New PCAOB policy describes rewards for extraordinary cooperation

BY KEN TYSIAC

Registered public accounting firms and auditors whose cooperation with PCAOB investigations is deemed “extraordinary” may be rewarded with reduced penalties in disciplinary proceedings.

The PCAOB issued a formal policy statement Wednesday that defines extraordinary cooperation and describes incentives for firms and individuals that make voluntary, extra efforts to aid the PCAOB during investigations.

Possible incentives include:

  • Language in settlement documents noting the cooperation and its effect.
  • Reduced charges or sanctions.
  • In exceptional cases, a decision by the PCAOB to levy no charges or sanctions at all.


Extraordinary cooperation is defined as voluntary and timely action beyond compliance with legal or regulatory obligations, according to the policy statement. Examples include:

  • Self-reporting violations. Disclosure of violations before they are discovered by the board or another regulator increases in value when the self-report occurs early.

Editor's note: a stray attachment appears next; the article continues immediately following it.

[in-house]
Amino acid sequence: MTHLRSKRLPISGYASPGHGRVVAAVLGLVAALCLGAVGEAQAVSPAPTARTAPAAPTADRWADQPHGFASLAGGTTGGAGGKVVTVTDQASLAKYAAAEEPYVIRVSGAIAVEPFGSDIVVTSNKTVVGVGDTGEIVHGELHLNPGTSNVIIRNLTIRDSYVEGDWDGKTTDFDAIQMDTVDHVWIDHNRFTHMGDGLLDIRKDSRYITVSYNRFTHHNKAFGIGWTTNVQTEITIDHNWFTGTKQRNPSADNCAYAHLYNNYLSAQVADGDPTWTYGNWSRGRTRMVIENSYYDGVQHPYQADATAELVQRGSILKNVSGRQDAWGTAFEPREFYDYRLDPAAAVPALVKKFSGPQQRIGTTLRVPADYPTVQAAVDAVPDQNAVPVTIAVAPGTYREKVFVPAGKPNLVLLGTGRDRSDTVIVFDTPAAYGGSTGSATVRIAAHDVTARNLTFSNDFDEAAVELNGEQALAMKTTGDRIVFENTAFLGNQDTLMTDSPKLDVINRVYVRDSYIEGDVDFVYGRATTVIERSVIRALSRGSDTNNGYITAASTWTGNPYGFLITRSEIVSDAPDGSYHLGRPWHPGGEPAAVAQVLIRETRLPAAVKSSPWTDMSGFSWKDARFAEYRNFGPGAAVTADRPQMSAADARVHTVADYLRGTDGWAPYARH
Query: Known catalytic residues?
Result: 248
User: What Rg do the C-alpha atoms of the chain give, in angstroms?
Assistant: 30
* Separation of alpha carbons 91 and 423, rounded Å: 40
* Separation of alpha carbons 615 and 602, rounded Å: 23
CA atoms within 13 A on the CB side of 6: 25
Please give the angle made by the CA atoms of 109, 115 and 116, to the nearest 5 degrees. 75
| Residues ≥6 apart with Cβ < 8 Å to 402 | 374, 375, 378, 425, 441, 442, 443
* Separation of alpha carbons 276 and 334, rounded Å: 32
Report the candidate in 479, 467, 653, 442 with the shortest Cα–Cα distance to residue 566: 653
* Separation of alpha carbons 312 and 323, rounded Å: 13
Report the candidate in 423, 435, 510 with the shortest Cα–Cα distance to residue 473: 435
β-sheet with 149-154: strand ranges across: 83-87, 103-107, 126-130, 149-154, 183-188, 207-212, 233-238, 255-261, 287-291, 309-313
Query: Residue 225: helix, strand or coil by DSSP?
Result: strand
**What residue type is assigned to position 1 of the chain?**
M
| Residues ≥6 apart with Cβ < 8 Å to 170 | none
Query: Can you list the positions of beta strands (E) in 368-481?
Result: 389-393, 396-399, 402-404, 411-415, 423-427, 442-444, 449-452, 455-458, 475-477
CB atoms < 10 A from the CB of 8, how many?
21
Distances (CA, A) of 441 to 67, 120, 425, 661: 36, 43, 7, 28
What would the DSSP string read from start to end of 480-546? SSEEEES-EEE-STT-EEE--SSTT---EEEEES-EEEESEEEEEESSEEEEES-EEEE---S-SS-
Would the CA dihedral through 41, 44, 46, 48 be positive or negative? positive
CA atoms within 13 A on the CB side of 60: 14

• Remedial or corrective action to reduce the likelihood of similar violations.
  • Providing substantial assistance during the PCAOB’s investigative process.


The policy is generally consistent with the board’s existing practices, according to the PCAOB.

Ken Tysiac ( ktysiac@aicpa.org ) is a JofA senior editor.

SPONSORED REPORT

Time to prepare for overtime changes

As an employer, trusted business adviser, or HR professional, you will need to be aware of exemption guidance, record requirements, advice for clients, and typical problems in applying overtime pay.

QUIZ

News quiz: Good news on pay and benefits for accountants

CPAs can find much to like in recent reports, including news that their expertise and skills are in such demand that pay is expected to rise and that their employers value professional certifications.

CHECKLIST

Bolster your data defenses

As you weather the dog days of summer, it’s a good time to make sure your cybersecurity structure can stand up to the heat of external and internal threats. Here are six steps to help shore up your systems.